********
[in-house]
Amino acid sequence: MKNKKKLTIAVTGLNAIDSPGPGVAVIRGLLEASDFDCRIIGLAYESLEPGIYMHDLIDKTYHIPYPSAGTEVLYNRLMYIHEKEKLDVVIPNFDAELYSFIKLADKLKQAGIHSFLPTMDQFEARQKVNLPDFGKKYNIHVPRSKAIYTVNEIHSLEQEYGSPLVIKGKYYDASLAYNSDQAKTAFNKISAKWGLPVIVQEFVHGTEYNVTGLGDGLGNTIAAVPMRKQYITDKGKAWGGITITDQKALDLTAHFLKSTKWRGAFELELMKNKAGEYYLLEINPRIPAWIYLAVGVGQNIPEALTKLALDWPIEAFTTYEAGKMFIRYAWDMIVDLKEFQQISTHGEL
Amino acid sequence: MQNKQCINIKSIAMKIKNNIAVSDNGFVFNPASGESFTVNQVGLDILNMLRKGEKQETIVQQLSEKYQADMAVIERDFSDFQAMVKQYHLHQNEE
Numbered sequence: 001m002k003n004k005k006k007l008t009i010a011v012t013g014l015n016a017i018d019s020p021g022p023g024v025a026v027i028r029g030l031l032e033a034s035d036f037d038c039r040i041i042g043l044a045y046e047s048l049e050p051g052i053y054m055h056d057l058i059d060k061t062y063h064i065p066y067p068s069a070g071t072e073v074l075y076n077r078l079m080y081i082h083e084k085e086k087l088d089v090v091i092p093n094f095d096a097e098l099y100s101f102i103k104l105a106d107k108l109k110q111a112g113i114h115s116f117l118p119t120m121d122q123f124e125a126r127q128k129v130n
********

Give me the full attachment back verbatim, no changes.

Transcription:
[in-house]
Amino acid sequence: MKNKKKLTIAVTGLNAIDSPGPGVAVIRGLLEASDFDCRIIGLAYESLEPGIYMHDLIDKTYHIPYPSAGTEVLYNRLMYIHEKEKLDVVIPNFDAELYSFIKLADKLKQAGIHSFLPTMDQFEARQKVNLPDFGKKYNIHVPRSKAIYTVNEIHSLEQEYGSPLVIKGKYYDASLAYNSDQAKTAFNKISAKWGLPVIVQEFVHGTEYNVTGLGDGLGNTIAAVPMRKQYITDKGKAWGGITITDQKALDLTAHFLKSTKWRGAFELELMKNKAGEYYLLEINPRIPAWIYLAVGVGQNIPEALTKLALDWPIEAFTTYEAGKMFIRYAWDMIVDLKEFQQISTHGEL
Amino acid sequence: MQNKQCINIKSIAMKIKNNIAVSDNGFVFNPASGESFTVNQVGLDILNMLRKGEKQETIVQQLSEKYQADMAVIERDFSDFQAMVKQYHLHQNEE
Numbered sequence: 001m002k003n004k005k006k007l008t009i010a011v012t013g014l015n016a017i018d019s020p021g022p023g024v025a026v027i028r029g030l031l032e033a034s035d036f037d038c039r040i041i042g043l044a045y046e047s048l049e050p051g052i053y054m055h056d057l058i059d060k061t062y063h064i065p066y067p068s069a070g071t072e073v074l075y076n077r078l079m080y081i082h083e084k085e086k087l088d089v090v091i092p093n094f095d096a097e098l099y100s101f102i103k104l105a106d107k108l109k110q111a112g113i114h115s116f117l118p119t120m121d122q123f124e125a126r127q128k129v130n